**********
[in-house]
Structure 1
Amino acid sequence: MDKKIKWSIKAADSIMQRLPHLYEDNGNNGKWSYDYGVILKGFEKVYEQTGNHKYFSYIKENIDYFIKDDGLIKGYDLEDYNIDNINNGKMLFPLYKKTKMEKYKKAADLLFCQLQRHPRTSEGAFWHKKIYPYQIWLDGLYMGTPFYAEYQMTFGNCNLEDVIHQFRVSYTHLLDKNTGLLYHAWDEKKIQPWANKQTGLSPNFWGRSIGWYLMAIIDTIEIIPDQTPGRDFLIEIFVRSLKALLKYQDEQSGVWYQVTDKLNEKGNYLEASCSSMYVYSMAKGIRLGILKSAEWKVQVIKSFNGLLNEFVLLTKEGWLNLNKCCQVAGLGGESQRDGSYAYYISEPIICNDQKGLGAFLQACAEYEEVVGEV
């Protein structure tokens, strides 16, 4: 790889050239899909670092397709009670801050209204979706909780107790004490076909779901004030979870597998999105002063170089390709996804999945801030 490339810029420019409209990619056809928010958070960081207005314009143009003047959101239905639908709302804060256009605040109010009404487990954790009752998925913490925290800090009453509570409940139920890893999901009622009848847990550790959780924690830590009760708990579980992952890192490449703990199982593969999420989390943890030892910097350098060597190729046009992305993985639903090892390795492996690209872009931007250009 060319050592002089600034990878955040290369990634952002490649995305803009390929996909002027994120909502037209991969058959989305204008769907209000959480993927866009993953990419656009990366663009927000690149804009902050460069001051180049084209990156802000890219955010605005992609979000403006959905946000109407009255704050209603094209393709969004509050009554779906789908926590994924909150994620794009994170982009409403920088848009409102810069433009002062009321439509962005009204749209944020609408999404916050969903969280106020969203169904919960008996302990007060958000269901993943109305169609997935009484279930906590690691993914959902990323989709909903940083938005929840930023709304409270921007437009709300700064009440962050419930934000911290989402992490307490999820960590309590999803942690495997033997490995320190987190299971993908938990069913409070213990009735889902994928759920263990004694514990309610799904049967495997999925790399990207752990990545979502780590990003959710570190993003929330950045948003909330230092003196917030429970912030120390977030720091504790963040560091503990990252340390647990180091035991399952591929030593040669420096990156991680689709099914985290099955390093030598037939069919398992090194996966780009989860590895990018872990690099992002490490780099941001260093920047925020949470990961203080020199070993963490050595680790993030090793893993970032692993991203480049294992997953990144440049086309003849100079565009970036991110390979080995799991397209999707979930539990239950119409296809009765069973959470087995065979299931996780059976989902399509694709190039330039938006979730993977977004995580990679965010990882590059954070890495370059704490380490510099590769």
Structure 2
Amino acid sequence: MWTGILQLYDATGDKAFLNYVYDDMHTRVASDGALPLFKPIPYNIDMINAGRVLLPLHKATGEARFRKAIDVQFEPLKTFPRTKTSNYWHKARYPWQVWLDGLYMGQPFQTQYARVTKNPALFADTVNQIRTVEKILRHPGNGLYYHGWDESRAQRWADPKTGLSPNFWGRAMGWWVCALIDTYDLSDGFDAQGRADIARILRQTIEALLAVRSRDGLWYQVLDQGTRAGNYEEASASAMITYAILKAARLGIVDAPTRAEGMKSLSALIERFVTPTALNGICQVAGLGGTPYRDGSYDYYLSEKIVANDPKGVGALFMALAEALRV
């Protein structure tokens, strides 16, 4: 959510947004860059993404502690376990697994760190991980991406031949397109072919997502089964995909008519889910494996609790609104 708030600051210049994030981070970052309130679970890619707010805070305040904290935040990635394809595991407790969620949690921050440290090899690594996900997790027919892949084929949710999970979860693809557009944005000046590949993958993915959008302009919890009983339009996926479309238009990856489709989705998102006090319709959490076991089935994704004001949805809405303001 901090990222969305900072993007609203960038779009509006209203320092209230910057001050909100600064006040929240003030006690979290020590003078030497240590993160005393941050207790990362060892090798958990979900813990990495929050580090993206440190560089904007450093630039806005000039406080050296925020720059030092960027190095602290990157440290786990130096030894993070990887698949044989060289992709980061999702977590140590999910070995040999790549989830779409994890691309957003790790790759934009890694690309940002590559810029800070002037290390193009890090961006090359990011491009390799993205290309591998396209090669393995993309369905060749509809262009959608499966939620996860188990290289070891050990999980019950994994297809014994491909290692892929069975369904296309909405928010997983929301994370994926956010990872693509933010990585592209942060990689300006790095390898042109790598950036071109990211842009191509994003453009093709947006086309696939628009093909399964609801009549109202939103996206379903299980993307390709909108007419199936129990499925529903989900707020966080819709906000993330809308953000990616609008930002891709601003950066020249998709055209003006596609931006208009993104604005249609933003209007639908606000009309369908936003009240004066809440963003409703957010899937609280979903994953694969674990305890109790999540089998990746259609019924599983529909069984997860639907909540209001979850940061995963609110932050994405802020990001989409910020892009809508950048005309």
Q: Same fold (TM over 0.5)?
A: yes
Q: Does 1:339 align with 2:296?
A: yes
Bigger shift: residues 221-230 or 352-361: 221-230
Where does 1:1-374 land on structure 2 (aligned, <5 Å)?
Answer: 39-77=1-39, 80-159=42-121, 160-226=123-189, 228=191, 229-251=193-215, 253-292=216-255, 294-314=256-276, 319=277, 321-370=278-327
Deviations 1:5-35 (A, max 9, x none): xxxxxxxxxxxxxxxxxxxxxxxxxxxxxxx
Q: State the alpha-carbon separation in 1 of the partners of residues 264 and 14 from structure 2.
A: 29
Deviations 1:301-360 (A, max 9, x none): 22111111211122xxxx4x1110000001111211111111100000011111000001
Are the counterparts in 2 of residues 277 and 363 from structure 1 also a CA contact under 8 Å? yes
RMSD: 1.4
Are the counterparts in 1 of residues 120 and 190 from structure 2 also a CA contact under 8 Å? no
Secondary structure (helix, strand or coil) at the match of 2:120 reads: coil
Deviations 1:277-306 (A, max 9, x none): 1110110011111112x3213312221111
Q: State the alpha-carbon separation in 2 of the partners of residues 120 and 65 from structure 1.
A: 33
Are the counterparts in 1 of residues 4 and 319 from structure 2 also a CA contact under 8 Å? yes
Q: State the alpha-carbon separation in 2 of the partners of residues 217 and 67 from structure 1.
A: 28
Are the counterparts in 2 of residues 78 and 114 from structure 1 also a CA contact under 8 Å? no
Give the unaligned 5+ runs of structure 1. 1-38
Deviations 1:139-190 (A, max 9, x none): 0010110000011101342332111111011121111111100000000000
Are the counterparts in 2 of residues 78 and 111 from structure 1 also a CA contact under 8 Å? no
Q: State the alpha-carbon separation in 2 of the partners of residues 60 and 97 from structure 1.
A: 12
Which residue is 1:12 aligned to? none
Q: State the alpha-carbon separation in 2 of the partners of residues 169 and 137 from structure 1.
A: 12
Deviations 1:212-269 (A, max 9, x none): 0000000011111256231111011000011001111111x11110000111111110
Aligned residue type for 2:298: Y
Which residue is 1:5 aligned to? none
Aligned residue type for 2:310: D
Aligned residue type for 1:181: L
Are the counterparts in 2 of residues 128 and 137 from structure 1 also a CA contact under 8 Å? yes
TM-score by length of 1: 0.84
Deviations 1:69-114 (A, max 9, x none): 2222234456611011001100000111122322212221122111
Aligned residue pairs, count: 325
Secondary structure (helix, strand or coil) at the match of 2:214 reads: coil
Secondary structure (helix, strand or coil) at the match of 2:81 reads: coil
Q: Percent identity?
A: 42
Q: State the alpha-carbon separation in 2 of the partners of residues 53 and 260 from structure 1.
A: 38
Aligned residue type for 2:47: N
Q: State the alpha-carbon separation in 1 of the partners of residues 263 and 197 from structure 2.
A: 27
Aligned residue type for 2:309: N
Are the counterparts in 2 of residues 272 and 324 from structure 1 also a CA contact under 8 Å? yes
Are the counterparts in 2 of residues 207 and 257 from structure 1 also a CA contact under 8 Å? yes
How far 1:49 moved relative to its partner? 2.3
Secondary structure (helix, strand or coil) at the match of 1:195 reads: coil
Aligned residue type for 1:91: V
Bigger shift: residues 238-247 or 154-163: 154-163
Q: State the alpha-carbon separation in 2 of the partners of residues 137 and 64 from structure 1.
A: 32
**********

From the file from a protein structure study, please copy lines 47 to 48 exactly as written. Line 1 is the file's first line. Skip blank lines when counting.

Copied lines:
Secondary structure (helix, strand or coil) at the match of 2:214 reads: coil
Secondary structure (helix, strand or coil) at the match of 2:81 reads: coil